'Give me a hint,' said Blair when Brown refused to reveal his budget

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What really goes on behind the closed doors of Numbers 10 and 11 Downing Street? Derek Scott, a former Number 10 adviser, offered an answer yesterday and threatened to widen divisions between Tony Blair and Gordon Brown by accusing the Chancellor of being "obstructive and deceitful", denying Mr Blair information and refusing to co-operate with Number 10.

What really goes on behind the closed doors of Numbers 10 and 11 Downing Street? Derek Scott, a former Number 10 adviser, offered an answer yesterday and threatened to widen divisions between Tony Blair and Gordon Brown by accusing the Chancellor of being "obstructive and deceitful", denying Mr Blair information and refusing to co-operate with Number 10.

Yet rival reports suggested that Mr Blair was still leaving the door open for Mr Brown to succeed him as Prime Minister by standing down before the end of the next Parliament.

Mr Scott's version of events was contained in his new book, Off Whitehall. Mr Blair's chief economic adviser until earlier this year entered the political soap opera by telling how Mr Blair had to ask Mr Brown to "give me a hint" after the Chancellor refused to divulge details of the 1998 budget.

His book, serialised in The Sunday Times, said Mr Brown once refused to discuss the five tests for euro entry with Mr Blair, and recounted how Treasury officials had to be smuggled into Number 10 for briefings.

"Soon it became known throughout Whitehall that, in some areas at least, the Chancellor could defy the Prime Minister with impunity," Mr Scott wrote.

In passages highly critical of Mr Blair, he said the Prime Minister's failure to read economic briefs during a trip to South America in 2001 led to one official asking whether he would like some economic textbooks as part of his holiday reading.

The Treasury said the book was not worth a response.

Senior Blairites tried to quell the surge of reports detailing a Blair-Brown rift, illustrated in one paper with mocked up pictures of the pair, plus Alan Milburn, as if they had been in a fight.

Mr Milburn's appointment to the Cabinet on Wednesday, where he will hold responsibility for general election strategy, is said to have angered Mr Brown. But the Brown camp expressed anger yesterday at what was seen as a week of hostile briefing against the Chancellor.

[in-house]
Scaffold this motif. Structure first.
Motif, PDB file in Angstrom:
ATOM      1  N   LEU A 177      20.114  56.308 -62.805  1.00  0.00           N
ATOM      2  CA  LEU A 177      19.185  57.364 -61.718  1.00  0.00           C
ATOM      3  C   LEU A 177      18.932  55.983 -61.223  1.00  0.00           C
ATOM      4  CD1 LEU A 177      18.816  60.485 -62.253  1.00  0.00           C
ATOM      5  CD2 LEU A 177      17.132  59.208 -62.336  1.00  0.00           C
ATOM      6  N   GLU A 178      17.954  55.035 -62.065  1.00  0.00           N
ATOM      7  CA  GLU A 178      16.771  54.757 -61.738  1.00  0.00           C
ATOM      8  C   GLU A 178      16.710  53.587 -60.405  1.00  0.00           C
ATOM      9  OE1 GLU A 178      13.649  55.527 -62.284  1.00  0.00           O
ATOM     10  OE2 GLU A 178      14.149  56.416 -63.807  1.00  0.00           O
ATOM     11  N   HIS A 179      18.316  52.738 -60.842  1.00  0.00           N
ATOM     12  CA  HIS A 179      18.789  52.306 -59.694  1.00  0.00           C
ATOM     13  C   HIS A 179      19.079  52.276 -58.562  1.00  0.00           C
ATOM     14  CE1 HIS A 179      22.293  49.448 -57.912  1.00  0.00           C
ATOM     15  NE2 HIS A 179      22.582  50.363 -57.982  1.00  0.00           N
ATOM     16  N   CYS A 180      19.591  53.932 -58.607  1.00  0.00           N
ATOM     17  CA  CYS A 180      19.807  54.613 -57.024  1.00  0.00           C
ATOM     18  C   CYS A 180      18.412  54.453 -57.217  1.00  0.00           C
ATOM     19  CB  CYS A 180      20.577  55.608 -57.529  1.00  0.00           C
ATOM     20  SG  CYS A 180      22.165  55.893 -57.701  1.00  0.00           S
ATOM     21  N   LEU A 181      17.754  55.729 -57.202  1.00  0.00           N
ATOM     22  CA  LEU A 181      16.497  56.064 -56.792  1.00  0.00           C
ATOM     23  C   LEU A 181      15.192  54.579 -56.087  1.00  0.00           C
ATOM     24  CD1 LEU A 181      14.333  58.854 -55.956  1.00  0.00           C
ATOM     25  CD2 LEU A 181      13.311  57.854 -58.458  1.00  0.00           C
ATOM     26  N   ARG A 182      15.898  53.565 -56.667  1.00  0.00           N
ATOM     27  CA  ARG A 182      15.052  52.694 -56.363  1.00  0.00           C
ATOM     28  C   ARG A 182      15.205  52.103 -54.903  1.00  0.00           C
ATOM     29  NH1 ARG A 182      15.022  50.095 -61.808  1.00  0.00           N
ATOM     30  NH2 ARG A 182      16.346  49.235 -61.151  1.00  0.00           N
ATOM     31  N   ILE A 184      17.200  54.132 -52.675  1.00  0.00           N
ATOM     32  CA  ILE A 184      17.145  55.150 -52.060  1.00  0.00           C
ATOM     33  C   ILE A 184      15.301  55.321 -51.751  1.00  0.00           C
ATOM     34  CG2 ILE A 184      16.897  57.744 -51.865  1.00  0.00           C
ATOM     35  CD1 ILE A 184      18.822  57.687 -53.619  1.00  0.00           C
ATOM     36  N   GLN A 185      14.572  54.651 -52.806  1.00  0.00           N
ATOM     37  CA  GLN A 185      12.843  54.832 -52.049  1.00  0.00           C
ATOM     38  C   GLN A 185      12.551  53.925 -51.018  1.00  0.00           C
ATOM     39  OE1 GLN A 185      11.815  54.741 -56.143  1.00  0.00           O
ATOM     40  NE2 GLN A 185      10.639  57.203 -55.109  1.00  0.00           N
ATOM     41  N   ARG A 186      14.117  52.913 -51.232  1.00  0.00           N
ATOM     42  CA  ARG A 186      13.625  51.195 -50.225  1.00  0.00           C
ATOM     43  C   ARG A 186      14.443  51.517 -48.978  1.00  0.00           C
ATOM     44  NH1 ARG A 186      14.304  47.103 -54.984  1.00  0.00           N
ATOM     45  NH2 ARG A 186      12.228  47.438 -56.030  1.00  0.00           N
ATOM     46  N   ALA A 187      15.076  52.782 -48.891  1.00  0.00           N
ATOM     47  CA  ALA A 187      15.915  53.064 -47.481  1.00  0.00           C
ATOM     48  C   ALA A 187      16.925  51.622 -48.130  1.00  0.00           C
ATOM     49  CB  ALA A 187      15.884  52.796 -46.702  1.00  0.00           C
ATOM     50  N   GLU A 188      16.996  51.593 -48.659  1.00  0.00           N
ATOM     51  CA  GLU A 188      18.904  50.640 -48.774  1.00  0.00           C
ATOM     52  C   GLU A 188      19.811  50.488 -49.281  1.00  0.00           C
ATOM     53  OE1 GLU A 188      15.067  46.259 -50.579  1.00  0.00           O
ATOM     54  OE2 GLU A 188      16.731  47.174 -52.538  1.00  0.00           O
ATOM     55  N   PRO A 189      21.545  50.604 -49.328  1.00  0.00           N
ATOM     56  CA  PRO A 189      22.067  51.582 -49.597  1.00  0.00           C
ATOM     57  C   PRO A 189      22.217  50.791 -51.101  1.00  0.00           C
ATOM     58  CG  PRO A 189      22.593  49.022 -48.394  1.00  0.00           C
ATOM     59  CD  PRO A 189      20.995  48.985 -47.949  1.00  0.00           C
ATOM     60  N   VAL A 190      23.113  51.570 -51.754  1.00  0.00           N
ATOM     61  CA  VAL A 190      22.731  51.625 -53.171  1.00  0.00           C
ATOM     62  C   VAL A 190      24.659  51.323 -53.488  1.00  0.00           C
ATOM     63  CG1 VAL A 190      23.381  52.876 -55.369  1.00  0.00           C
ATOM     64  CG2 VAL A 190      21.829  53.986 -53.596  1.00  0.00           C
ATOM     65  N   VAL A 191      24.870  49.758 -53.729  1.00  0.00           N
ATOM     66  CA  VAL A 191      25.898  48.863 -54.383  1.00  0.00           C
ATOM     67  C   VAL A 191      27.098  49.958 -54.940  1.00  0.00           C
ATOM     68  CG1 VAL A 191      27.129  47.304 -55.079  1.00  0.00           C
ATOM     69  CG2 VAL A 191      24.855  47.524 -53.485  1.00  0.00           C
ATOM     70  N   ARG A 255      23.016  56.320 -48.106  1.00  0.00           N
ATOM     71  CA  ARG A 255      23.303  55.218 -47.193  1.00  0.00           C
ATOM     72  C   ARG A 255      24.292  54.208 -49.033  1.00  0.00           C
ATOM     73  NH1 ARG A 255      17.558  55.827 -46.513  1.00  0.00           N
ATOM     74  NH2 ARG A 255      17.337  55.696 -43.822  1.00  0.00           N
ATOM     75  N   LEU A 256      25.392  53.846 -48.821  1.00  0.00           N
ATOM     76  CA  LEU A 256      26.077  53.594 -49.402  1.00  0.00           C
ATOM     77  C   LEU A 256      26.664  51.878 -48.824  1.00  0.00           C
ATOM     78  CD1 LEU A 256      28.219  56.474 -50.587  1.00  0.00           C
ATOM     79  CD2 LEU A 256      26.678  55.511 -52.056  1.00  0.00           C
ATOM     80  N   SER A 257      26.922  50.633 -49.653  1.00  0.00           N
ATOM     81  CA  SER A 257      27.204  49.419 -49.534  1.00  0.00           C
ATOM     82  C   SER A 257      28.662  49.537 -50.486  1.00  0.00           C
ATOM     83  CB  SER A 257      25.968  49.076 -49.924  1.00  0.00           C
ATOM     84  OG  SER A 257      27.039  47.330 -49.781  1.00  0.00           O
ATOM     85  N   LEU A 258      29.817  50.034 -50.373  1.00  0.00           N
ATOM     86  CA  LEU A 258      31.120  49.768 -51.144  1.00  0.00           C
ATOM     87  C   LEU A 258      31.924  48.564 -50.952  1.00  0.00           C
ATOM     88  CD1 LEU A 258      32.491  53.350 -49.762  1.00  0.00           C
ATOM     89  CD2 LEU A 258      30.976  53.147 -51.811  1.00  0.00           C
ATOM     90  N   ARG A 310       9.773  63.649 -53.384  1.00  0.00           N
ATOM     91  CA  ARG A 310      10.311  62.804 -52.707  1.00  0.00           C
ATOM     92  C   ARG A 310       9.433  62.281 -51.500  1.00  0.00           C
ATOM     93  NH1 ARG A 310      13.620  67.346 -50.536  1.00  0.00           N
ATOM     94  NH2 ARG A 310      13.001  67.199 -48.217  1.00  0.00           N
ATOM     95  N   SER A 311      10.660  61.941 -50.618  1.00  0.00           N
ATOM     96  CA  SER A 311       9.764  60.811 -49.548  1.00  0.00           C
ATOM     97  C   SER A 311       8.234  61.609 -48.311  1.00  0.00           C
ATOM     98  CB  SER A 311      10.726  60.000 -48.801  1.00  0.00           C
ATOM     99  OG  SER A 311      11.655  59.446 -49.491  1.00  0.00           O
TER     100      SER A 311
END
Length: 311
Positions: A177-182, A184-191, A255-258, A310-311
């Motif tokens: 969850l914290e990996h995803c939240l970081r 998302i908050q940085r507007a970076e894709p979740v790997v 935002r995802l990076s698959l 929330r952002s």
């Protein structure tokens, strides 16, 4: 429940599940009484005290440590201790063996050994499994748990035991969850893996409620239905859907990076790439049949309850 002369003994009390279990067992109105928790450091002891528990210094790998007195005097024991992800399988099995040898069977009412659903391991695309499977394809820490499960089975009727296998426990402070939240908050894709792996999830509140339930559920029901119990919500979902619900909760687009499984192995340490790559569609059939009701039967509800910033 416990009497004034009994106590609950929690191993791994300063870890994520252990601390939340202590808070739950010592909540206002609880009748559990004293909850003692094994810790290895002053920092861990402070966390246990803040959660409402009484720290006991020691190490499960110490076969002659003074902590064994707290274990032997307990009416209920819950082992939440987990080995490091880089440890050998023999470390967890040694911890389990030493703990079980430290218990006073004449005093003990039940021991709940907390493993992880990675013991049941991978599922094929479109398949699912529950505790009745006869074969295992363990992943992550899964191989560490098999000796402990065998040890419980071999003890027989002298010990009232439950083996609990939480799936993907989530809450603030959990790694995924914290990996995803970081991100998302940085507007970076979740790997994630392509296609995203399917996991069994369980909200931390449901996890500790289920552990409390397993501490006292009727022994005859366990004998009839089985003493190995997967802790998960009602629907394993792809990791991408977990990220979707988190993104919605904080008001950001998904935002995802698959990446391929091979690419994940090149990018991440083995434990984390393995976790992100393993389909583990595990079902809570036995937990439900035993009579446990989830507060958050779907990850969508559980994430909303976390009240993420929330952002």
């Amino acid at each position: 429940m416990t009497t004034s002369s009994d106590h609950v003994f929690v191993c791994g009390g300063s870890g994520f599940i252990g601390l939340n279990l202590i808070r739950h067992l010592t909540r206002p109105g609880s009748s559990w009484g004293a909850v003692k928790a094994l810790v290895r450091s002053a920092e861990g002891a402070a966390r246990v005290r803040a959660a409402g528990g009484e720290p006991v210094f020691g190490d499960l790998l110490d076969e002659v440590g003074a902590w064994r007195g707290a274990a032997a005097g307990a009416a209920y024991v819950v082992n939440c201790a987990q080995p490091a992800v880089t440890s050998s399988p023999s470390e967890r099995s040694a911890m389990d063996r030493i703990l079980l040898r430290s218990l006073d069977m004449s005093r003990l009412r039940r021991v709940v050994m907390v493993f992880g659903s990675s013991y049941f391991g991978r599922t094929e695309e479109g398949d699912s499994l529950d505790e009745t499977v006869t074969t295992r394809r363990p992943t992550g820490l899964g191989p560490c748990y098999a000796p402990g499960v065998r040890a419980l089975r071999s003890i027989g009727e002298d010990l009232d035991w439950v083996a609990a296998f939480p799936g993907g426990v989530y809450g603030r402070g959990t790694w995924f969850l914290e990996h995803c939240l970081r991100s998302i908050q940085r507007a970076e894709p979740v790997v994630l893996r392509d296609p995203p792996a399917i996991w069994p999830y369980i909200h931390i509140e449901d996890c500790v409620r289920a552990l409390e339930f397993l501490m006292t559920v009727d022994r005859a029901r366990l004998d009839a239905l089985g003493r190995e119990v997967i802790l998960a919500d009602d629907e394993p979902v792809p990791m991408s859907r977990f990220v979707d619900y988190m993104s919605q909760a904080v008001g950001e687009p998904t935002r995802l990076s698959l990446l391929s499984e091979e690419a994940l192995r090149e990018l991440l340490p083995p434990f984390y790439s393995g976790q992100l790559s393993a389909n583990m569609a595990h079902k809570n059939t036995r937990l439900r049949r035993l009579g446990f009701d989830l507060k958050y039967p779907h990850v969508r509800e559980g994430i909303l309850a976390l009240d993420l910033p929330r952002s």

The comments continued yesterday. Stephen Byers, the Blairite former transport secretary, also criticised cabinet infighting in comments seen as a veiled attack on Mr Brown.

Meanwhile, Patricia Hewitt, the Secretary of State for Trade and Industry, called on her colleagues to stop the squabbling. She condemned "gossip" about the leadership as "a waste of time and a distraction from the central job of making sure that, at the next election, we've got a radical and exciting manifesto, that will engage people's enthusiasm, and give us that third term to deliver for them."

Mr Byers went further, telling GMTV: "If they use it to advance their personal ambitions in a way which divides the party, then they will be condemned by Labour Party members for doing so."

Kate Hoey, a former sports minister, expressed the view on the backbenches that Mr Milburn must have returned to show Mr Brown that Mr Blair is really in charge.

She told Sky News: "I think we are going to have Tony Blair for the next election. Gordon missed his chance a few months ago. That would perhaps have helped the Labour activists to feel that there is a change happening and to get rid of the whole heresy of the war."

But Frank Dobson, a former health secretary, reflected unease among Labour MPs in marginal seats, suggesting that the danger ministers face is not necessarily from each other. The Conservatives could overhaul Labour in some seats if Labour voters stay at home, he warned. "A lot of Labour MPs in marginal seats are bothered about their circumstances. When they go out canvassing, knocking on doors in the predominantly Labour areas in their seats, they're not getting a very good response."

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